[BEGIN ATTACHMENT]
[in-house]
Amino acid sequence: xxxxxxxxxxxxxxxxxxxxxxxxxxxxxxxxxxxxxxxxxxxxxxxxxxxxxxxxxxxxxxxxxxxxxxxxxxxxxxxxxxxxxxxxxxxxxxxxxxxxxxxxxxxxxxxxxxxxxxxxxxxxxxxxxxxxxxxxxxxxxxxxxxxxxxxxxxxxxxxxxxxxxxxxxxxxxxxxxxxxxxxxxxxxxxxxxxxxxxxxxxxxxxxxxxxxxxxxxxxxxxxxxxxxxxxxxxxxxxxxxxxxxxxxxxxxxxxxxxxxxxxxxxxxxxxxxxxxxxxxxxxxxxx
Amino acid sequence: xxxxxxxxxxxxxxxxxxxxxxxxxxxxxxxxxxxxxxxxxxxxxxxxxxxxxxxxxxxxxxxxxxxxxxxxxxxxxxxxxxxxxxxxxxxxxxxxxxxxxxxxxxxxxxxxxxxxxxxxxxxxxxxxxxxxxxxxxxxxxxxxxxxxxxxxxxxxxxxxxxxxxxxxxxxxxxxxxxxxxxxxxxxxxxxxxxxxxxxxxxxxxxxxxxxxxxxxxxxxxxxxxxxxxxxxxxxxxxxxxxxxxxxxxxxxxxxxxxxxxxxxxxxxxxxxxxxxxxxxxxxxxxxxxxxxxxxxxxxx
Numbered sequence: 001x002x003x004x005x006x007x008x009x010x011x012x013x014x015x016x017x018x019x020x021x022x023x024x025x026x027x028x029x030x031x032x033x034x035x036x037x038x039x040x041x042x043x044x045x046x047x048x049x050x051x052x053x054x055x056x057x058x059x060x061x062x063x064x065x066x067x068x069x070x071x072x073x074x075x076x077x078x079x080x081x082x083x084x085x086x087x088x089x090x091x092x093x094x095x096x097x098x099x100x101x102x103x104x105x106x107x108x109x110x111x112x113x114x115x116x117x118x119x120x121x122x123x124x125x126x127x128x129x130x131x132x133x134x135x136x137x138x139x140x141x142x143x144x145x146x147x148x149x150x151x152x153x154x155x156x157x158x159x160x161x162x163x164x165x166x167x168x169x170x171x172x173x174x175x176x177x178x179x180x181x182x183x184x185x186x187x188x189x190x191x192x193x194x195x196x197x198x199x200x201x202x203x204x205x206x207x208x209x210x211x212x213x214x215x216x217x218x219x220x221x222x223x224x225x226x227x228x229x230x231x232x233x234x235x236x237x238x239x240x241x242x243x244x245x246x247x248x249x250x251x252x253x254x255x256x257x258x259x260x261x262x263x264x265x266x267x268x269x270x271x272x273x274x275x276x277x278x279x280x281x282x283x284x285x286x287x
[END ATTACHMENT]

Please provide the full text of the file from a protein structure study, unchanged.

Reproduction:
[in-house]
Amino acid sequence: xxxxxxxxxxxxxxxxxxxxxxxxxxxxxxxxxxxxxxxxxxxxxxxxxxxxxxxxxxxxxxxxxxxxxxxxxxxxxxxxxxxxxxxxxxxxxxxxxxxxxxxxxxxxxxxxxxxxxxxxxxxxxxxxxxxxxxxxxxxxxxxxxxxxxxxxxxxxxxxxxxxxxxxxxxxxxxxxxxxxxxxxxxxxxxxxxxxxxxxxxxxxxxxxxxxxxxxxxxxxxxxxxxxxxxxxxxxxxxxxxxxxxxxxxxxxxxxxxxxxxxxxxxxxxxxxxxxxxxxxxxxxxxx
Amino acid sequence: xxxxxxxxxxxxxxxxxxxxxxxxxxxxxxxxxxxxxxxxxxxxxxxxxxxxxxxxxxxxxxxxxxxxxxxxxxxxxxxxxxxxxxxxxxxxxxxxxxxxxxxxxxxxxxxxxxxxxxxxxxxxxxxxxxxxxxxxxxxxxxxxxxxxxxxxxxxxxxxxxxxxxxxxxxxxxxxxxxxxxxxxxxxxxxxxxxxxxxxxxxxxxxxxxxxxxxxxxxxxxxxxxxxxxxxxxxxxxxxxxxxxxxxxxxxxxxxxxxxxxxxxxxxxxxxxxxxxxxxxxxxxxxxxxxxxxxxxxxxx
Numbered sequence: 001x002x003x004x005x006x007x008x009x010x011x012x013x014x015x016x017x018x019x020x021x022x023x024x025x026x027x028x029x030x031x032x033x034x035x036x037x038x039x040x041x042x043x044x045x046x047x048x049x050x051x052x053x054x055x056x057x058x059x060x061x062x063x064x065x066x067x068x069x070x071x072x073x074x075x076x077x078x079x080x081x082x083x084x085x086x087x088x089x090x091x092x093x094x095x096x097x098x099x100x101x102x103x104x105x106x107x108x109x110x111x112x113x114x115x116x117x118x119x120x121x122x123x124x125x126x127x128x129x130x131x132x133x134x135x136x137x138x139x140x141x142x143x144x145x146x147x148x149x150x151x152x153x154x155x156x157x158x159x160x161x162x163x164x165x166x167x168x169x170x171x172x173x174x175x176x177x178x179x180x181x182x183x184x185x186x187x188x189x190x191x192x193x194x195x196x197x198x199x200x201x202x203x204x205x206x207x208x209x210x211x212x213x214x215x216x217x218x219x220x221x222x223x224x225x226x227x228x229x230x231x232x233x234x235x236x237x238x239x240x241x242x243x244x245x246x247x248x249x250x251x252x253x254x255x256x257x258x259x260x261x262x263x264x265x266x267x268x269x270x271x272x273x274x275x276x277x278x279x280x281x282x283x284x285x286x287x